The reputations of these three châteaux, all classified in 1855 as second growths, have gone up and down over the years. Today the underachiever is Léoville Poyferré, whose wines by general agreement are harder, more acidic, and less pleasing than those of Las Cases and Barton. They also seem not to be imported by British wine merchants on the same scale as the other two. Perhaps as a consequence of this they are often found in French supermarkets. The wines of Léoville Barton are often brilliant and are always very fairly priced. This means that they are not beyond the reach of enthusiasts of ordinary means, and so are encountered fairly frequently. But Léoville Las Cases is in most years the best of the three, combining extraordinary structure with great richness of fruit-a classically-styled claret requiring sometimes decades of cellaring to reveal its magnificence.

The Ambassadors is set in no specific year, but the action seems to take place around the turn of the twentieth century, so it is certain that the Léoville estate had been long since broken up when Strether ordered that bottle of Léoville in his Paris hotel. It would have been interesting had James been more specific about the wine he makes Strether and Waymarsh drink that evening, and said which of the three Léovilles they had. But perhaps his slight vagueness serves a larger point. It is tempting to think of the left-bank communes of the Médoc as forming a spectrum of taste, extending from the harder, more durable wines of St-Estèphe in the north, through the almost miraculous poise and completeness of Pauillac, on into the greater softness and richness-in some châteaux, not without a whiff of decadence-of St-Julien, before terminating in the fragrance, delicacy, and refinement-in poor years, thinness-of Margaux. In this way of organising Médocain wines, those of St-    Julien have a transitional role and character, in which the manly virtues of the more northerly communes of St-Estèphe and Pauillac (structure, tannin, longevity) are blended with qualities we more readily think of as feminine (sweetness, richness, a potential for charm which, however, when poorly handled in the cellar, can result in plump or even blowsy wines). St-Julien is thus a deeply appropriate wine to drink when, as is the case with Strether, you are on the threshold of a world of pleasure and subtlety which far exceeds your previous imaginings. James's striking use of the French term dégustation also hints at Strether's incipient immersion in a foreign element.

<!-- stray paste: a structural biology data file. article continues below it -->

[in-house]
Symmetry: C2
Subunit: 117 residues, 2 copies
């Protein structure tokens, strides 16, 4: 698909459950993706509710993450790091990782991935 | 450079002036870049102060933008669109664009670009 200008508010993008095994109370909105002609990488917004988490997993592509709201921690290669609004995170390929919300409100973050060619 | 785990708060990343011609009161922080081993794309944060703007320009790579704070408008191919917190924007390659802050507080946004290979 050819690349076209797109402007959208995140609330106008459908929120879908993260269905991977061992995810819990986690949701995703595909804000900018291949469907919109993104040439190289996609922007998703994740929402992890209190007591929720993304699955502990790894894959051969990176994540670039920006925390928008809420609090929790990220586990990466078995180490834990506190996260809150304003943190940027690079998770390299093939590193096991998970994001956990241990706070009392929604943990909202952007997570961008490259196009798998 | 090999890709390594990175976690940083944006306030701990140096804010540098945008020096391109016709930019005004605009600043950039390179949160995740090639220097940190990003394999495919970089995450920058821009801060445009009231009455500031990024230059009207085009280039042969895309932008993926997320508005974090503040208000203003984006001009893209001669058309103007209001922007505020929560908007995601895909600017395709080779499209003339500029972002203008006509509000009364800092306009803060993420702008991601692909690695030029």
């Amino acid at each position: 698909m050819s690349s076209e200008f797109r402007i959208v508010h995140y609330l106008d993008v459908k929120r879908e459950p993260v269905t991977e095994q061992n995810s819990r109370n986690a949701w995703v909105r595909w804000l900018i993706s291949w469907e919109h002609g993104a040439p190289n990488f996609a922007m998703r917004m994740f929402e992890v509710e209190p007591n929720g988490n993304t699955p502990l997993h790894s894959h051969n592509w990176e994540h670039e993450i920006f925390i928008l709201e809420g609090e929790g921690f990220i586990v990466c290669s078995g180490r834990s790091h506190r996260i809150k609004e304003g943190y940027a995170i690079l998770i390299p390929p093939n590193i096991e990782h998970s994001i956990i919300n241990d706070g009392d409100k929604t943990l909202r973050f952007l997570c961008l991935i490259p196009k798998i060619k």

A later European novelist also used one of the wines of St-Julien to mark the dangerous passage of a character from a familiar to a strange and sinister world. In The Magic Mountain (1924), on his first evening at the sanatorium, Mann's protagonist, Hans Castorp, has a particularly lavish dinner with his cousin, who is already a patient there:

 

They ordered a bottle of Gruaud Larose, which Hans Castorp sent back to be brought to room temperature. The food was excellent. There was asparagus soup, followed by stuffed tomatoes, a roast with several vegetables, an especially well done dessert, and a tray of cheese and fruit.

 

Château Gruaud Larose lies on the southern boundary of the commune, alongside Château Beychevelle. These wines epitomise St-Julien in its most feminine form, where structure has been subordinated to a voluptuousness which can be intensely pleasurable, but which in poorer years may lead to a kind of soupiness and lack of definition.  

Like Strether, Castorp has just strayed into a region that is as much a moral and emotional locale as a physical place. Mann, like James before him, alighted on the liminal wines of St-Julien as the proper libation with which to mark that perilous moment.